A Summary of U.S. Counterspace Capabilities

Global Counterspace Capabilities:
An Open Source Assessment

Secure World Foundation
April 2020

Full Report

The following excerpt from the report summarizes U.S. counterspace capabilities.

The United States has conducted multiple tests of technologies for rendezvous and proximity operations (RPO) in both low Earth orbit (LEO) and geosynchronous Earth orbit (GEO), along with tracking, targeting, and intercept technologies that could lead to a co-orbital anti-satellite (ASAT) capability.

These tests and demonstrations were conducted for other non-offensive missions, such as missile defense, on-orbit inspections, and satellite servicing, and the United States does not have an acknowledged program to develop co-orbital capabilities. However, the United States possesses the technological capability to develop a co-orbital capability in a short period of time if it chooses to.

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A Summary of China’s Counterspace Capabilities

China’s 2007 test of its ground-based ASAT missile destroyed one of its own defunct satellites in LEO. The graphic depicts the orbits of trackable debris generated by the test 1 month after the event. The white line represents the International Space Station’s orbit. (Credit: Wikimedia Commons)

Global Counterspace Capabilities:
An Open Source Assessment

Secure World Foundation
April 2020

Full Report

The following excerpt from the report summarizes China’s counterspace capabilities.

The evidence strongly indicates that China has a sustained effort to develop a broad range of counterspace capabilities. China has conducted multiple tests of technologies for rendezvous and proximity operations (RPO) in both low earth orbit (LEO) and geosynchronous orbit (GEO) that could lead to a co-orbital ASAT capability.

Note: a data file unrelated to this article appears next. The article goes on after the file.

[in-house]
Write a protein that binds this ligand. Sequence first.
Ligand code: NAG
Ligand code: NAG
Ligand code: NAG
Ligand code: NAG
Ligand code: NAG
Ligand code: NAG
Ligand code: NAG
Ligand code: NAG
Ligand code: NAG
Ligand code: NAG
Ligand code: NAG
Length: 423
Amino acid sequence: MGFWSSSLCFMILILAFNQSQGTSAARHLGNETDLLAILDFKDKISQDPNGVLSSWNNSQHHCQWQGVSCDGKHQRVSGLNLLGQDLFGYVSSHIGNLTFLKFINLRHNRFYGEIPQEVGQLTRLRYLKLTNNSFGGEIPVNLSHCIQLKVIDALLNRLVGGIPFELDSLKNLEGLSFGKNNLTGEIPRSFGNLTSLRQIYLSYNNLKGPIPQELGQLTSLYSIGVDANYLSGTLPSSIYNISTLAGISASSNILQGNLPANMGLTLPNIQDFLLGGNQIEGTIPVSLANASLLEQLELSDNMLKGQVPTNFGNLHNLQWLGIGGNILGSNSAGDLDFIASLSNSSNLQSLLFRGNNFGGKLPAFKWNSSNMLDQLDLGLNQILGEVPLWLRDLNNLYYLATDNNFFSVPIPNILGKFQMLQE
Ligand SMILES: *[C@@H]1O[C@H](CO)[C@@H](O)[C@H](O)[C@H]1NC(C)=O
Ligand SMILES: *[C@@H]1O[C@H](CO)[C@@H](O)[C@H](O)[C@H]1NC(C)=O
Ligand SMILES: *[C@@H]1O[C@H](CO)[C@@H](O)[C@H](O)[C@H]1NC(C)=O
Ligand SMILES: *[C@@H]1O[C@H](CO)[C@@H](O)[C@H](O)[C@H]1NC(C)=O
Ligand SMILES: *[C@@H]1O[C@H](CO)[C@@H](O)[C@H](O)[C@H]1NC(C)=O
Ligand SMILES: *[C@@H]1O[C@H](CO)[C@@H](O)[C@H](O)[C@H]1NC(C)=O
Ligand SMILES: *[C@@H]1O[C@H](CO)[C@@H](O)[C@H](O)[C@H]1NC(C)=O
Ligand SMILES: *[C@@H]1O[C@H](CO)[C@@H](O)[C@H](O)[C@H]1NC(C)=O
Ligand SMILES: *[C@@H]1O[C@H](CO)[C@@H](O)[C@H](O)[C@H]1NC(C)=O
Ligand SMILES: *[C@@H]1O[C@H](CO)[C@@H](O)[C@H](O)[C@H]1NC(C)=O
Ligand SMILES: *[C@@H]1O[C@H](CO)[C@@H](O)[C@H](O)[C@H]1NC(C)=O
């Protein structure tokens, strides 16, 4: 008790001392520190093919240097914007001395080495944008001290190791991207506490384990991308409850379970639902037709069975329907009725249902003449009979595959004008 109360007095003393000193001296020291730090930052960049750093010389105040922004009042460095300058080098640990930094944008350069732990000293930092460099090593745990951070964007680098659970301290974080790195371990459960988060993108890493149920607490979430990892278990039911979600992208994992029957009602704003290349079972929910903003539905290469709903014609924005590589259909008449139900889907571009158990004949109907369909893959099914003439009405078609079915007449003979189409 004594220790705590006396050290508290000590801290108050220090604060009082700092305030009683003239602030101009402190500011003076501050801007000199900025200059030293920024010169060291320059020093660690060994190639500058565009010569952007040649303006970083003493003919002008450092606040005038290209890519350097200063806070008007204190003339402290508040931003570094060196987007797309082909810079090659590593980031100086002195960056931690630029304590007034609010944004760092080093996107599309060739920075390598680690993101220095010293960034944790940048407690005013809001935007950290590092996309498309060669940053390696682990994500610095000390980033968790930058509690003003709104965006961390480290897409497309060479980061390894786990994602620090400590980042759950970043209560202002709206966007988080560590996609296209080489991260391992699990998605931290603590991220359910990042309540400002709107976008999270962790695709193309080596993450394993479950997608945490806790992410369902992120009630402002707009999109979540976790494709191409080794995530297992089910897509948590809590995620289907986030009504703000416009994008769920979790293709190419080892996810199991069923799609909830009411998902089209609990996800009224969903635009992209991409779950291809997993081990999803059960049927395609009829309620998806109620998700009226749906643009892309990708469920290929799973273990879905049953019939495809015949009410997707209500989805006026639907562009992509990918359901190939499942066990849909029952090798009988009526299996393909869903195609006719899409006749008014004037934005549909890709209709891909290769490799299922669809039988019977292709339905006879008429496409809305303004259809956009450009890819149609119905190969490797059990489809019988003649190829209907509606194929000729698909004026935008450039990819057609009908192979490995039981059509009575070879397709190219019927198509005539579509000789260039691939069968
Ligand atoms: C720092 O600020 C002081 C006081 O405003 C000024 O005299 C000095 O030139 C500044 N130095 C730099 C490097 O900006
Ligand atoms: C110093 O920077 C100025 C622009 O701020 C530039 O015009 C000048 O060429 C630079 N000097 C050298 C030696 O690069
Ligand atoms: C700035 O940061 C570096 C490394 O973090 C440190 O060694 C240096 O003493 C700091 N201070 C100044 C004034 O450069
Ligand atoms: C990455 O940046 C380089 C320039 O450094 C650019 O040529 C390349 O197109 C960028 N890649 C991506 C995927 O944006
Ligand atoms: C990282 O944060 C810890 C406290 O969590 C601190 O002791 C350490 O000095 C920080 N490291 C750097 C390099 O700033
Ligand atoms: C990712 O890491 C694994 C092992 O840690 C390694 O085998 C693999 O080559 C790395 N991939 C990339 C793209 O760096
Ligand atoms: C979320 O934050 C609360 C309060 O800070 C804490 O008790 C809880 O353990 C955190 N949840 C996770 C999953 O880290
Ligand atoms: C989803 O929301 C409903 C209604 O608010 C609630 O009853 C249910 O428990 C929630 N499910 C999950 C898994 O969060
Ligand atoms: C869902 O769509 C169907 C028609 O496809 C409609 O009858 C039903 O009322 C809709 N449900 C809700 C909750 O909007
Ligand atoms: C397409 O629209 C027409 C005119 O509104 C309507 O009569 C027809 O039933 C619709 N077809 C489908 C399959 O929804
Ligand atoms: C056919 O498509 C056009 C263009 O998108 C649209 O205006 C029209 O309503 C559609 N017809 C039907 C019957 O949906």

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A Summary of Russia’s Counterspace Capabilities

In 2009, the defunct Cosmos 2251 satellite and the Iridium 33 satellite collided in Earth’s orbit. A Livermore visualization shows the orbits of the two satellites prior to the collision among the thousands of other satellites in low-Earth orbit. The collision occurred where the two orbital paths cross near the North Pole. (Credit: Lawrence Livermore National Laboratory)

Global Counterspace Capabilities:
An Open Source Assessment

Secure World Foundation
April 2020

Full Report

The following excerpt from the report summarizes Russia’s counterspace capabilities.

There is strong evidence that Russia has embarked on a set of programs over the last decade to regain many of its Cold War-era counterspace capabilities. Since 2010, Russia has been testing technologies for rendezvous and proximity operations (RPO) in both low Earth orbit 9LEO) and geosynchronous Earth orbit (GEO) that could lead to or support a co-orbital anti-satellite (ASAT) capability. Evidence suggests at least two active programs: a new co-orbital ASAT program called Burevestnik that is potentially supported by a surveillance and tracking program called Nivelir.

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